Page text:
Hey, there's this crazy thing called the google that all the kids use. It can even point you to an actuarial table that tells you that an 80 year old man has a 6% chance of dying within one year.
By Chuck Strouse
By Scott Fishman
By Terrence McCoy
By Ryan Yousefi
By Ciara LaVelle, Kat Bein, Carolina Del Busto, and Liz Tracy
By Pepe Billete
By Ryan Yousefi
By Kyle Swenson
The Florida Marlins. Man. What a June. They lost 19 of their first 20 games, including two in one day to the Philadelphia Phillies. In May, the Fish ranked 17th in the majors in runs scored. In June, at 30th place, they ranked dead last. They also dropped 11 spots in home run rankings, 12 in runs batted in, ten in walks, nine in strikeouts, nine in batting average, and 13 in slugging. No one on the team batted an average better than .272, except for Chris Volstad and Burke Badenhop, who are pitchers.
Oh, and their manager quit and was replaced by a guy who was getting senior citizen discounts in the early '80s.
Jack McKeon turns 81 in November. He has been managing sports teams since 1973, before any of the current Marlins were born. On most nights, he's older than the starting outfielders' ages combined. So that got us thinking: What are the odds the cigar-smoking octogenarian will even survive until the end of the season?
We called the sports bookie at Bill's Gamblin' Hall & Saloon (if anyone would let us bet on someone dying, it would be "the wildest hotel and casino in Las Vegas," right?) The bookie was not particularly happy with our inquiry. "No, sir... no one's going to take a wager on that, no," he said.
Then we rang Andrew, an oddsmaker at a prominent Las Vegas firm, who originally said he couldn't help because "somebody [in the front office] has independent control over what happens."
No, Andrew, not will he survive with the team. It's will he survive with a heartbeat.
It was at that point Andrew asked us not to use the name of his company. "I couldn't, to be honest with you... I couldn't even start to... " he said. "I guess we could do something."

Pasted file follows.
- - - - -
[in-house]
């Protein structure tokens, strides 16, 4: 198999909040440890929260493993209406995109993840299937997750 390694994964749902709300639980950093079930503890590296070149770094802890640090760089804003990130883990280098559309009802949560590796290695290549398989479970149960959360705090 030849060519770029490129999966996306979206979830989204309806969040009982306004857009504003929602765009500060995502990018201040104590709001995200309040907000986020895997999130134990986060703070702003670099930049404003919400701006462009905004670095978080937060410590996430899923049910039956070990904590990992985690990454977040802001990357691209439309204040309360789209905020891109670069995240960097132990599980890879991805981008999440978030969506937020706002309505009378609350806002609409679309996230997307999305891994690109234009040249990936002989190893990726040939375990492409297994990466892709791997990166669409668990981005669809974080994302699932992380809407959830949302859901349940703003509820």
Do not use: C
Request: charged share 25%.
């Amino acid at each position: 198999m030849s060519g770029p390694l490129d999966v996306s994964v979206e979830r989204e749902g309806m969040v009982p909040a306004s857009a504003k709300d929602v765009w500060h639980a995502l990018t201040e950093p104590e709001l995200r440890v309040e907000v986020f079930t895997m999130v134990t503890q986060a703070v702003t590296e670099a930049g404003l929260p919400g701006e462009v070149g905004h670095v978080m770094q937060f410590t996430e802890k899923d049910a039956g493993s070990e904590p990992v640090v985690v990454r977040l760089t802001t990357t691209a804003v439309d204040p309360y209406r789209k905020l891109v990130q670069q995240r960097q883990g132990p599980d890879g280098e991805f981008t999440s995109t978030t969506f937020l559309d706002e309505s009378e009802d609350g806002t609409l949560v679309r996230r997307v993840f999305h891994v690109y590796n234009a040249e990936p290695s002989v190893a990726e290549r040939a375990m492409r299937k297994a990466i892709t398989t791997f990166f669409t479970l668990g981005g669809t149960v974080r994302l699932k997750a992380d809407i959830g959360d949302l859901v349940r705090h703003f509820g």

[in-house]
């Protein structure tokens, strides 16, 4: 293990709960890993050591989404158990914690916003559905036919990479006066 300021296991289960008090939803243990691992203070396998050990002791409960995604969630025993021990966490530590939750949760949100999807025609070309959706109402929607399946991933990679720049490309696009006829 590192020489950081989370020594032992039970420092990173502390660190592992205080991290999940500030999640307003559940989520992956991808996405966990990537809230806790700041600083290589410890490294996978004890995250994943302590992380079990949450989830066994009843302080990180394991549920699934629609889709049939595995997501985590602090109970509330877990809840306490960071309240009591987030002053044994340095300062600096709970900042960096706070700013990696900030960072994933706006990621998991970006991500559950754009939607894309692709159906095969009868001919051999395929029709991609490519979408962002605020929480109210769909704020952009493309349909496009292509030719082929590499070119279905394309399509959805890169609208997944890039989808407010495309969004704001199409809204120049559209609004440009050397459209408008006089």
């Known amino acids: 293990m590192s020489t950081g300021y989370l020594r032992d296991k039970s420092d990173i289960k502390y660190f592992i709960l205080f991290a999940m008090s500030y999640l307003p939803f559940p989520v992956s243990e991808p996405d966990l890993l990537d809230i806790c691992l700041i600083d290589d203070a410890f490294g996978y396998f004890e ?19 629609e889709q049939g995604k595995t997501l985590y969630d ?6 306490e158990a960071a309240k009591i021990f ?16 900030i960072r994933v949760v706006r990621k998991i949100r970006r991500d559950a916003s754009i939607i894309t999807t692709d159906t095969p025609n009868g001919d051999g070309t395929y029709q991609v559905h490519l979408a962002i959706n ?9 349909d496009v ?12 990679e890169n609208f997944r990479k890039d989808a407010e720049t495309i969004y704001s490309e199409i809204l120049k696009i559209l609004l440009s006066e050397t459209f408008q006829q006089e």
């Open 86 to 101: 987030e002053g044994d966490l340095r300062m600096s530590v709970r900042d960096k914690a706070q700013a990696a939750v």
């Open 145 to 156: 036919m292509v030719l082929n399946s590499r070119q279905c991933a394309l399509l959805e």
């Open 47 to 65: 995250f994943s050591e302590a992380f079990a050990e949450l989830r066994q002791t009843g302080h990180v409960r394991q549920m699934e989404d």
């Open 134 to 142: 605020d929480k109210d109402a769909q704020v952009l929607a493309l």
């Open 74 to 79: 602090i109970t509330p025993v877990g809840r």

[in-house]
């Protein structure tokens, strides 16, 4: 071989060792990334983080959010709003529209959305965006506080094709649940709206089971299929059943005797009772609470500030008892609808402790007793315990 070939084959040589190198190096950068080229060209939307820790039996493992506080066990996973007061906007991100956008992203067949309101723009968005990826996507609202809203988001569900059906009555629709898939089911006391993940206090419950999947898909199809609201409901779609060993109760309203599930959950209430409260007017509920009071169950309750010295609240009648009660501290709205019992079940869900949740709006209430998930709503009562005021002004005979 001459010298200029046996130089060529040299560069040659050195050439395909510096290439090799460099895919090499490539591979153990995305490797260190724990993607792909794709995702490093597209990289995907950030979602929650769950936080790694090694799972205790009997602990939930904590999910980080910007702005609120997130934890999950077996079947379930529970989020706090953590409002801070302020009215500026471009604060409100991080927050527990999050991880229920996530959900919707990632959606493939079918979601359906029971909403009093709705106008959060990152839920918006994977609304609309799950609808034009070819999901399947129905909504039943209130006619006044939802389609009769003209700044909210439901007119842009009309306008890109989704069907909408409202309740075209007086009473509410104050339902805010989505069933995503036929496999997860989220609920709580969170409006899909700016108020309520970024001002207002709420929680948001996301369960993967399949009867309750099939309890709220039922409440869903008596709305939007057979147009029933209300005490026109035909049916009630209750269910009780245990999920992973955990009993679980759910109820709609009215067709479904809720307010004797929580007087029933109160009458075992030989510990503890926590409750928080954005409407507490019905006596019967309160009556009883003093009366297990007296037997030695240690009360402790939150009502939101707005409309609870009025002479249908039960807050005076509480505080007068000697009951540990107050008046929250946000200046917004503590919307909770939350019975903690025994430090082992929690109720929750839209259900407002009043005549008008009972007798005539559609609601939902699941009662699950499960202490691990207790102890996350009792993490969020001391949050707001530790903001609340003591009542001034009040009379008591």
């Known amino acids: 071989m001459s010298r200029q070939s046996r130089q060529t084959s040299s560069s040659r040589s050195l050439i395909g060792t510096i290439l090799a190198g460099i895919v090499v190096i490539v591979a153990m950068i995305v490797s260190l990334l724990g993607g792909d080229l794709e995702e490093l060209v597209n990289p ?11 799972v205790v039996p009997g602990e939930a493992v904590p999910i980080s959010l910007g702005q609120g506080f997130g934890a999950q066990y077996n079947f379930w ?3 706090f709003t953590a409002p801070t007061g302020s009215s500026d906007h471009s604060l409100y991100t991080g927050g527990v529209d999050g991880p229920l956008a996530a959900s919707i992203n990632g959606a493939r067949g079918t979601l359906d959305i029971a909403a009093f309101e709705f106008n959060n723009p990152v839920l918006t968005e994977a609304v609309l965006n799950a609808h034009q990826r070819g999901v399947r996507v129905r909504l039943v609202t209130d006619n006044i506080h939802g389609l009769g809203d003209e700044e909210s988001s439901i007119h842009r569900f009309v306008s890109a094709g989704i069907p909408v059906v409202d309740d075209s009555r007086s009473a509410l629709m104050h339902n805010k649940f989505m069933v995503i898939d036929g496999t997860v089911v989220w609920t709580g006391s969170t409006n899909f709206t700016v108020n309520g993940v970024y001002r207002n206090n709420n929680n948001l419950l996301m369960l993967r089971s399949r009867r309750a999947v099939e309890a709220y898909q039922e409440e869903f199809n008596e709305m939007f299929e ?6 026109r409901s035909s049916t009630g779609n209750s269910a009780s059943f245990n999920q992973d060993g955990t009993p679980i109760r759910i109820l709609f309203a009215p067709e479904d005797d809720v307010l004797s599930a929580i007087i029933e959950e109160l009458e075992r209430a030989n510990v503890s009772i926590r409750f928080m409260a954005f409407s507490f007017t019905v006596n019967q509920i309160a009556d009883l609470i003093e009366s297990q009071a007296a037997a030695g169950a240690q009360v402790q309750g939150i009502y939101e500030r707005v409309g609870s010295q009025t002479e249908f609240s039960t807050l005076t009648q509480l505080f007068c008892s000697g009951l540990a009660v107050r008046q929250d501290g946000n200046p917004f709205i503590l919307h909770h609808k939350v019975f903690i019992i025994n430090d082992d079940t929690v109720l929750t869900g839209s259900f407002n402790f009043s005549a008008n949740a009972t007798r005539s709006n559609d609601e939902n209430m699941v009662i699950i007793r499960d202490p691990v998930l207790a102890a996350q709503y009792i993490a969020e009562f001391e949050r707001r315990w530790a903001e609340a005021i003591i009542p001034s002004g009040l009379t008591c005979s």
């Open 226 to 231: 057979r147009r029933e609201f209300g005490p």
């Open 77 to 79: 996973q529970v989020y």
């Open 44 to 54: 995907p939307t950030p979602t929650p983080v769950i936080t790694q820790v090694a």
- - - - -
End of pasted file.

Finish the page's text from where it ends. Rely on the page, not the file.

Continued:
Though he couldn't actually run the numbers for us, he said everything is based on mathematical models. "The numbers kind of depict themselves," he said, adding that, were he inclined to calculate such odds, he'd look at factors that affect life expectancy and extrapolate from there.
"Maybe he's outlived his life expectancy as it is," Andrew suggested. "Maybe baseball keeps his ticker going... I think [college football coach] Joe Paterno passes away the second he leaves Penn State."
We were getting closer — a Vegas oddsmaker seemed to think McKeon's old, crusty heart could hold out until October, but he didn't offer anything conclusive. To finally settle the issue, we called Coconut Grove psychic Sandra Richardson, who said she was reluctant to deal with issues of life and death, but then enthusiastically dealt with issues of life and death.
"That's an interesting question," she said. The line went quiet. "Hmm. McKeon, right? And you said he's 80? Hmm. Give me just a moment." She muttered something about verification. I heard cards being dealt.
"In all honesty, in just looking at the cards and stuff, I'm not seeing the death energies, quote-unquote," she said. "I just see a lot of frustrations and stuff."